Locke Rides Solo (Movie Review)

Locke:  4 ½ out of 5

Ivan Locke:  I’ve made my decision.

Watching someone attempt to control chaos can be a very exciting thing.  Fittingly enough, in recent years, I have now watched two major Batman villains attempt it.  Obviously Heath Ledger did his best to wreak havoc on the fictional Gotham City, only to be nearly outdone later by Tom Hardy’s Bane, but now Hardy is attempting to control a far less grandiose form of chaos:  the destruction of his own life.  Locke is a wonderfully gripping drama about a man attempting to remain calm and coherent in the midst of his entire life falling apart.  Set in what amounts to a singular location with only the physical presence of one actor, it is not just control on the part of the character, but the filmmaking in general that makes this film so compelling, despite its minimalist nature.

Hardy stars as Ivan Locke and on the night we follow him, he has certainly seen better days in his life.  Before tonight we can gather that Locke is a happily married husband and father, with a good job that he is very proud of.  Locke is introduced to us as being distraught and we soon find out why.  While I have no desire to go through every detail, the urgency in this film is caused by an event that has the potential to wreck all of the things that should make any man proud.   Choosing to take a long drive and handle everything over the phone, it will be a long and difficult night for Mr. Locke, but hopefully his calm and collected nature won’t be outdone by the frustration, confusion, and other elements that rest in the back of his mind.

The film was written and directed by Steven Knight, who I have been happy to support due to my love for his work on Eastern Promises and Dirty Pretty Things.  While I found his directorial debut, Redemption (starring Jason Statham, who continues to prove he has other strengths as a performer, beyond physical ones) to be interesting enough, but not entirely satisfying (though friend and fellow Why So Blu writer Gerard Iribe had it in his top ten of 2013, so take that as it is), Locke is incredibly confident through and through, with an impressive array of filmmaking techniques to keep this film very watchable, despite being solely focused on Tom Hardy driving a car to London.

Knight and his cinematographer Haris Zambarloukos do not go for many highly involved theatrics to emphasize how the film shifts around, based on the emotion of certain scenes or anything of that nature.  Instead, there is a lot of subtle effort put into fading and cross-fading in and out of different scenes, playing around with the focus, and putting in an attempt to capture the beauty of a long highway during the night.  I tend to be one that finds himself annoyed at certain theater-to-film adaptations, because I sometimes find them too stagey, so watching an original one-man-show and being continually engaged by what was put on display to keep it compelling was a big positive for me.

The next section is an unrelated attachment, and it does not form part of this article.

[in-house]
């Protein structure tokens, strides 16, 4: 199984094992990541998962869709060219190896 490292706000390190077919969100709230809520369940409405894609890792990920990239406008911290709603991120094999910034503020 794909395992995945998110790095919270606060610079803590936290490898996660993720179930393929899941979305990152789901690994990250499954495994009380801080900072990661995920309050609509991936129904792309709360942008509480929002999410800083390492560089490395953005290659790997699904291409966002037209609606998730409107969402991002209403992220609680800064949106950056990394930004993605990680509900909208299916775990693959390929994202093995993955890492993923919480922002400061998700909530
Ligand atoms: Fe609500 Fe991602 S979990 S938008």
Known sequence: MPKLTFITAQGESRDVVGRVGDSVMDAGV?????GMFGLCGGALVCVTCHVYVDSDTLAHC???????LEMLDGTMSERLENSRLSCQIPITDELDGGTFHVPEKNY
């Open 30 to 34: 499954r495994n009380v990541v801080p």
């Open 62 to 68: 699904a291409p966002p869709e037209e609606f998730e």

All this talk about impressive filmmaking and being a one-man-show and there still is not anything else to see beyond a car ride.  It comes down to how creatively daring this film attempts to be by stripping everything else away and allowing us to watch one man have conversations over the phone with others.  Tom Hardy is fantastic here and definitely up to the task of delivering what is necessary to make a role like this work.  He makes it easy to understand this character, without trying to make him charming.  Hardy is able to convey a lot of emotions in a number of scenes, whether he can really vocally share what he is feeling or not, based on who he is talking with at the time.  He does all of this, while also handling a cold and juggling the details of his work life with whatever is going on in his personal life.  While I have since learned how his performance was captured, the important thing is that we see it on screen and it is incredibly effective.  As a person who finds Hardy’s performance in Bronson to be one of the best in the last decade, he has certainly come close to outdoing himself here.

Hats off to the numerous actors appearing only in vocal form as well.  Andrew Scott’s performance as Donal, a man who works for Locke, comes the closest to providing a bit of comic relief to the film, but even that relationship is built upon the impending drama that unfolds.  I also find myself continuing to appreciate Ruth Wilson more and more, every time I see her in something and I have a lot of praise to give out to how she handles her role as Locke’s wife, Katrina.

Quiet, yet compelling; simple, yet chaotic; Locke is a fantastic drama that dares to get a lot from very little.  Wonderfully performed by Tom Hardy and confidently directed and produced by Steven Knight and his team, this is a film that really drew me in and played on what I like in these smaller scale dramas.  Watching a man try to keep a life together, which he knows has the potential to end, manages to blend tragic circumstances with a manner of uplift in a way that only certain films can achieve so often.  Seek out Locke; take a good drive to find it, as it is a very good film.

Locke:  I’ll fix it.

Aaron is a writer/reviewer for WhySoBlu.com.  Follow him on Twitter @AaronsPS4.
He also co-hosts a podcast,
Out Now with Aaron and Abe, available via iTunes or at HHWLOD.com.


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